Pinging inboxes, chat platforms, and text notifications plague the lives of many professionals, both at work and at home. While they may seem harmless, constant interruptions like these prevent us from engaging in "deep work": Focusing on a cognitively demanding task for a long period of time, without distractions.
Cal Newport, associate professor of computer science at Georgetown University, explored this concept in his book Deep Work: Rules for Focused Success in a Distracted World, published in 2016. "Not all work is made equal," Newport told TechRepublic. "Deep work, where you are really concentrating without distractions, is what produces the value and changes the world. Everything else is just logistics."
"The shallow work may be what keeps you from getting fired, but the deep work will get you promoted," he added.
Gaining the full benefits of deep work requires us to completely avoid our phones and inboxes—not even a glance, Newport said. This is difficult to do, as we currently have many screens and inboxes that are designed to catch our attention, he added.
Both personal and professional challenges can prevent people from engaging in deep work, Newport said. "On the personal side, it's easy to build an addiction to novel stimuli at the slightest hint of boredom," he said. "It's easy to train your mind that if you feel a little bored, you can get a quick hit of email, Facebook, or Twitter. It's especially powerful in the tech industry, that's actually creating a lot of these tools."
Once that addiction takes hold, it becomes harder to sustain concentration, Newport said. Professionally, work cultures are based on constant communication and accessibility, which makes deep work impossible.
"If your brain has been trained so it seeks distraction when bored, when it comes time that you want to concentrate and produce something valuable, you won't tolerate long, serious concentration," Newport said. "It prevents you from being able to produce cognitive products at your highest level."
Here are six quick tips to help you succeed in deep work on the job and at home.
1. Block time on your calendar
It's important to block off time on your calendar for deep work, the same way you would for an appointment or meeting, Newport said.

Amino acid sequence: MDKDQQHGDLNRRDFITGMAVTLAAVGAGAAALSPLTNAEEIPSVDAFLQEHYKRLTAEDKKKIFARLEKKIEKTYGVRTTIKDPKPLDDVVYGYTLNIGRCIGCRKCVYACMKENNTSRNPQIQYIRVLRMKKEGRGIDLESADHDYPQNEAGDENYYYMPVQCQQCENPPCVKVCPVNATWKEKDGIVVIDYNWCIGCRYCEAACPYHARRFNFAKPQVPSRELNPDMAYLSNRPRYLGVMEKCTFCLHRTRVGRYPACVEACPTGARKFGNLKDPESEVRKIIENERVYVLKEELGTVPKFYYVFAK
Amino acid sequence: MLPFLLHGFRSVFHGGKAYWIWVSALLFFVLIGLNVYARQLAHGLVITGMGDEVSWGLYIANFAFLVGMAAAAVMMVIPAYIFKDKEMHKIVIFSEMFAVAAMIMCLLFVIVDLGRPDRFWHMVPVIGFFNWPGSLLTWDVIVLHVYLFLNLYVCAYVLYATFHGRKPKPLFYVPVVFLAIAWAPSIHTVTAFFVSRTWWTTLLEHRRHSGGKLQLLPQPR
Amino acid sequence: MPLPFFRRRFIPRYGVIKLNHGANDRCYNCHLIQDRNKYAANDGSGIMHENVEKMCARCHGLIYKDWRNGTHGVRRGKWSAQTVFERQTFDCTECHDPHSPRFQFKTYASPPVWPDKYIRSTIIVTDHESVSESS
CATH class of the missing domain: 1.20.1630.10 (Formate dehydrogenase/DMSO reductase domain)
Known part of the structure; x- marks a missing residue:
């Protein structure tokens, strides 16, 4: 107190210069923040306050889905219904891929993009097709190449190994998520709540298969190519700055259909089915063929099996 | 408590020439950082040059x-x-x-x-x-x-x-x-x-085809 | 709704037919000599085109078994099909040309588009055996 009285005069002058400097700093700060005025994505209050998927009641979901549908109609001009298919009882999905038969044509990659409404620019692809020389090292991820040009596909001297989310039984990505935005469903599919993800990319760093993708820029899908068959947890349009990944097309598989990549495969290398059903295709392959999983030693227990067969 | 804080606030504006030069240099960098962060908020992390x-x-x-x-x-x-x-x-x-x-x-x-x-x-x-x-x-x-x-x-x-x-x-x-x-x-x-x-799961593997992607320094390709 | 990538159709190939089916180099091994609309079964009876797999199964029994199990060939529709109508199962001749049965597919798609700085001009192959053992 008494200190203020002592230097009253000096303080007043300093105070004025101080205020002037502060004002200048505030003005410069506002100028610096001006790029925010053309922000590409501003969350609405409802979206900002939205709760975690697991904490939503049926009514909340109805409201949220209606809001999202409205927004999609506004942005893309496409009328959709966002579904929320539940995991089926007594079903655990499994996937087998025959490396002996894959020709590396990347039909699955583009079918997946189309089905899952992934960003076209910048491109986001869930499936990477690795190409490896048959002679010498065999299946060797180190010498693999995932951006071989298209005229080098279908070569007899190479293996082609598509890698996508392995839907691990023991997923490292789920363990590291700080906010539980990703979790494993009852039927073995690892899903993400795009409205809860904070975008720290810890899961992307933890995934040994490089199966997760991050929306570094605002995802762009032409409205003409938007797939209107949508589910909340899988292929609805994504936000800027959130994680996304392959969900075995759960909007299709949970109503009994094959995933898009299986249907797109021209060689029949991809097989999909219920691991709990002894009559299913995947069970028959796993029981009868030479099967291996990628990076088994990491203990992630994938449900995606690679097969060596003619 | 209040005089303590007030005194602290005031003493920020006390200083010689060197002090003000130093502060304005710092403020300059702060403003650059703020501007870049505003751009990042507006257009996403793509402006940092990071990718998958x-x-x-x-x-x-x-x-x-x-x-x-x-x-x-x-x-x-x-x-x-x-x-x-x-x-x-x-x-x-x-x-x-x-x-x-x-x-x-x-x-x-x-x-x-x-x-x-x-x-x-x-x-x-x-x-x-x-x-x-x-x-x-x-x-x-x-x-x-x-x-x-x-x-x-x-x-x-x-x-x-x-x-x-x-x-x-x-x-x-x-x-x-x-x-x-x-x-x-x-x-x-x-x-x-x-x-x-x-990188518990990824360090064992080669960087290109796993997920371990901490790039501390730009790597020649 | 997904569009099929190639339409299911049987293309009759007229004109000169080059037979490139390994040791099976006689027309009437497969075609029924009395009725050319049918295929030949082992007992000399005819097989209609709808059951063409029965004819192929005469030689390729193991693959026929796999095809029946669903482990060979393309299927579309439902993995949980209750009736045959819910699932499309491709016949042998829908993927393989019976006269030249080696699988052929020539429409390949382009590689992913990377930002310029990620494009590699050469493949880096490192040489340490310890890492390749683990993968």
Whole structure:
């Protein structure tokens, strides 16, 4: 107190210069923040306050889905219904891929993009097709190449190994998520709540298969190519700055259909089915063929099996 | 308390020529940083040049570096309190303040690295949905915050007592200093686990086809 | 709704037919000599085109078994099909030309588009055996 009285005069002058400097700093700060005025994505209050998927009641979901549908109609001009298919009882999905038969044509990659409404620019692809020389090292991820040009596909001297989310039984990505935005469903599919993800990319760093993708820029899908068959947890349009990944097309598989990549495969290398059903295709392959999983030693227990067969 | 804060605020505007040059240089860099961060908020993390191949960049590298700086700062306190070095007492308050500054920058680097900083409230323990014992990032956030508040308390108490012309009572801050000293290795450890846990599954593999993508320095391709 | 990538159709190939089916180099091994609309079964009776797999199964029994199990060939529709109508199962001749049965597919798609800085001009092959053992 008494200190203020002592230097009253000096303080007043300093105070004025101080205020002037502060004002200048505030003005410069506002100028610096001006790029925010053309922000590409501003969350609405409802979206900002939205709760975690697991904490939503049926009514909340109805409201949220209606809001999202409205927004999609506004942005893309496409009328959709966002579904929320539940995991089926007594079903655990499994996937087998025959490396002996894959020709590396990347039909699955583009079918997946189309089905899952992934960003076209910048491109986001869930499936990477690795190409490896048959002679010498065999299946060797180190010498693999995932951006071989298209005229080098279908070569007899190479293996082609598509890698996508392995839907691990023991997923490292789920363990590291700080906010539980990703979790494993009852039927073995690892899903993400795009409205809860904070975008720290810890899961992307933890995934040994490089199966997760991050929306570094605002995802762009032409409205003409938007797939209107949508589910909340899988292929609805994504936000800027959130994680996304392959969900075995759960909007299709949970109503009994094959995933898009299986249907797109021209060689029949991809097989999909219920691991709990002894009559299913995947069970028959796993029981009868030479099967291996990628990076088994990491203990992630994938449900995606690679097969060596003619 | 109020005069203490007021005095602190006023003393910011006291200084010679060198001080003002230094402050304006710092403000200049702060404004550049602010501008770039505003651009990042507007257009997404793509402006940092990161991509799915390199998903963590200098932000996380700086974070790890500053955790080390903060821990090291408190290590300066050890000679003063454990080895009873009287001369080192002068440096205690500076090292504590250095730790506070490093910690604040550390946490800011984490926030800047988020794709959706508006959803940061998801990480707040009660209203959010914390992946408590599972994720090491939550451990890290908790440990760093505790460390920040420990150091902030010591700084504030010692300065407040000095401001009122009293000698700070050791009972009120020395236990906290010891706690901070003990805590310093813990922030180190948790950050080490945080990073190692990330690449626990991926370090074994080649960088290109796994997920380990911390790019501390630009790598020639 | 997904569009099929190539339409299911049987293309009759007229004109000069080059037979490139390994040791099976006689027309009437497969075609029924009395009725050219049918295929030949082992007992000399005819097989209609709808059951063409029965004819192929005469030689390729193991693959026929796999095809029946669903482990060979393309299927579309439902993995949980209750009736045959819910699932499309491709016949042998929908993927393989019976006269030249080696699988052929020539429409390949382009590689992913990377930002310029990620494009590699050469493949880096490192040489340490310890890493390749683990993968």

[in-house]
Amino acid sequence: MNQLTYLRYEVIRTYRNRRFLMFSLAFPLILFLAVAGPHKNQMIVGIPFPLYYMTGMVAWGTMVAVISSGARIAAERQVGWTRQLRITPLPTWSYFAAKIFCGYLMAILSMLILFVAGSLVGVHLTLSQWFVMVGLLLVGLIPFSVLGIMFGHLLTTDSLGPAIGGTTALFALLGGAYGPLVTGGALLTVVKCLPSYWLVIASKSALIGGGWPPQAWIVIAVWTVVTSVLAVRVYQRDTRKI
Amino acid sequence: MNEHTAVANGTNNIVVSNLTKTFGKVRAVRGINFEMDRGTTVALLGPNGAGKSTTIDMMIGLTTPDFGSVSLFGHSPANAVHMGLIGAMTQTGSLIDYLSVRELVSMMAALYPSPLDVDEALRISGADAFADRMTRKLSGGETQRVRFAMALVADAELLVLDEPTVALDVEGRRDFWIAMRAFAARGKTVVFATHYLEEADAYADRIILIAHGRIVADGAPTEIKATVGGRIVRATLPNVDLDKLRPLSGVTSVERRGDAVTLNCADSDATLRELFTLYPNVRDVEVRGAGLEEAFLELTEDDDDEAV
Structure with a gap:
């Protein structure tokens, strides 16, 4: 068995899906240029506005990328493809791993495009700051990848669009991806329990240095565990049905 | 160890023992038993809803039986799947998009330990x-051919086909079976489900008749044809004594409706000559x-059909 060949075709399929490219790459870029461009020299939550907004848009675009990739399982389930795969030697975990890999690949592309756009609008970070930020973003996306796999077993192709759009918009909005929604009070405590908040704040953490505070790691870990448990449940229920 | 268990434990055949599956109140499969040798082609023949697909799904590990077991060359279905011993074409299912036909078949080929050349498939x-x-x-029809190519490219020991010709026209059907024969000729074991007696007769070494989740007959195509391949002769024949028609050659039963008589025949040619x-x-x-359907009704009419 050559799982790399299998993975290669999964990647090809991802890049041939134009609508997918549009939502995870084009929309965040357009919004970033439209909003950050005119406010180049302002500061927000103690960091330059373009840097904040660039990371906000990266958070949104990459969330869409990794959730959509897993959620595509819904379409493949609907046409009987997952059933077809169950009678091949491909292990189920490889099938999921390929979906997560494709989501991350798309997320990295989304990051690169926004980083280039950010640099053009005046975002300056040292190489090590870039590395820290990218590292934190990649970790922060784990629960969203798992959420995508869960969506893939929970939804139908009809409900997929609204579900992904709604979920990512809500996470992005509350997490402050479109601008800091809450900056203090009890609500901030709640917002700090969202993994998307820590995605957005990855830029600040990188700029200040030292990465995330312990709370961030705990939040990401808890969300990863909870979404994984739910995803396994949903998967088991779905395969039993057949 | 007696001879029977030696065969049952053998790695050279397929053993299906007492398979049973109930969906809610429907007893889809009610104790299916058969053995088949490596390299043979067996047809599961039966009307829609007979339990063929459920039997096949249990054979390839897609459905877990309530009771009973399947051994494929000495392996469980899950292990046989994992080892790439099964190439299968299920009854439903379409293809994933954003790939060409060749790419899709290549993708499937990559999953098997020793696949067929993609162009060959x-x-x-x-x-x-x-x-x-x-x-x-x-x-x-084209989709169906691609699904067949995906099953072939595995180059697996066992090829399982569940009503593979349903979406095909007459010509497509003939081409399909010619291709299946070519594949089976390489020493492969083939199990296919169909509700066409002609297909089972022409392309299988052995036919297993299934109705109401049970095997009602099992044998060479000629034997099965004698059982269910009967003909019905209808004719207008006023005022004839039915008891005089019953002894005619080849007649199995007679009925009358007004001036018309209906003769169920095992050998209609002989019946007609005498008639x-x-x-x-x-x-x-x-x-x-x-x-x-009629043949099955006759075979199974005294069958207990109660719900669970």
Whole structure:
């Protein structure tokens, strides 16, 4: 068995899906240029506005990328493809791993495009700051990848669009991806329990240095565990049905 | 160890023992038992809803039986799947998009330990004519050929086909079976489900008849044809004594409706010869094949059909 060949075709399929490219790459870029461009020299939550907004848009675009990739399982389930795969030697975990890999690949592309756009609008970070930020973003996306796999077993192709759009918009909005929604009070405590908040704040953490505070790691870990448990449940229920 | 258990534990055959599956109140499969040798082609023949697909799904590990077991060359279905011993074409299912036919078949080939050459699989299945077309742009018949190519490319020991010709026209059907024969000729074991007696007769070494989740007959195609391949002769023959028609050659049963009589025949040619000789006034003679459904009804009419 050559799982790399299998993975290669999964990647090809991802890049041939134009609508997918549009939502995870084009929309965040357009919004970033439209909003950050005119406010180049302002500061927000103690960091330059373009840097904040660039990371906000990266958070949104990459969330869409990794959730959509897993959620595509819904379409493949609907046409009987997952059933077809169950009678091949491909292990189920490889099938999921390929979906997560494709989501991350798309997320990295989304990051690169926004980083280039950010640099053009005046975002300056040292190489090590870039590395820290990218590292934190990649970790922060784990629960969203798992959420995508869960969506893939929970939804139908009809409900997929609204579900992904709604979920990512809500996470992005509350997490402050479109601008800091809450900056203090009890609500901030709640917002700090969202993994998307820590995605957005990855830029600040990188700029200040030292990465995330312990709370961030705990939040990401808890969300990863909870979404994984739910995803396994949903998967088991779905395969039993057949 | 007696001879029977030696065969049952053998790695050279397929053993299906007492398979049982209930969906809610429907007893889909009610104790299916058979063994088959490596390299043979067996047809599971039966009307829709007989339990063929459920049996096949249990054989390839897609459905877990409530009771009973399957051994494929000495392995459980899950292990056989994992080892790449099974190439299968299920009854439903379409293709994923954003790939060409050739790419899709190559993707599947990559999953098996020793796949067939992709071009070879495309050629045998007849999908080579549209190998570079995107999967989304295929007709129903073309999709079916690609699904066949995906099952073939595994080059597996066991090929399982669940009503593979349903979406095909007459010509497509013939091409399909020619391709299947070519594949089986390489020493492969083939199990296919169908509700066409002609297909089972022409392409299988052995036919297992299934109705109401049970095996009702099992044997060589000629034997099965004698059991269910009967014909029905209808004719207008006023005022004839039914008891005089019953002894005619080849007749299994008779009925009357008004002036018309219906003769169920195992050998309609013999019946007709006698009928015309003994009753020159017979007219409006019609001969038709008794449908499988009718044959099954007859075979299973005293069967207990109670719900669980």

2. Plan your distractions
Write down times when you are going to allow yourself to use distracting, interrupting technology. "During the work day, write down on a piece of paper, 'Here is the next time I'm going to check my inbox,'" Newport said. "Until you get there, you don't do it."
3. Keep track of hours
Keep track of the time you successfully spend doing deep work. "A simple tally is fine—the key is, don't count the course of time if even one glance at an inbox or phone screen occurs," Newport said.
4. Talk to your employer or employees
"Have a conversation about deep work and non-deep work, and try to agree on what type of ratio of deep to shallow work you should be aiming for each week," Newport said. You can make a plan to measure this, and if your work falls short, to have another conversation about changing the ratio. "The conversation is key for changing work culture," he added.
5. Structure your distraction time
Add more structure and intent to any behavior in your life that involves you looking at something that makes money from your attention, Newport said. This includes social media. "Be intentional about which of these services you use, when you use them, and how you use them," Newport said.
6. Reorganize your phone
Take social media applications off of your phone, and only allow yourself to access them on the computer. "It doesn't take away any of the benefits you get from those services, but it does remove the temptation to feed yourself with distractions at all times," Newport said. "You can keep what you like while severely reducing the ability to train your brain to get distracted at boredom."
You can do the same thing in your personal life at home, Newport added. "Instead of having your tablet always on and there in the background, you can say 'I'm going to put aside a set amount of time for browsing,'" he said. "The idea is to flip the formula—instead of occasionally taking a break from exposing yourself to distraction, you now take a break from being focused to being distracted. It's much healthier for the brain."
Deep work may ultimately be what helps differentiate human workers from automated systems and artificial intelligence. "The ability to concentrate intensely will be a prized skill in the next 10 years because it helps you learn complicated things quickly and produce at a high level," Newport said. "We need it to stay ahead in the increasingly competitive economy."
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Alison DeNisco Rayome is a Staff Writer for TechRepublic. She covers CXO, cybersecurity, and the convergence of tech and the workplace.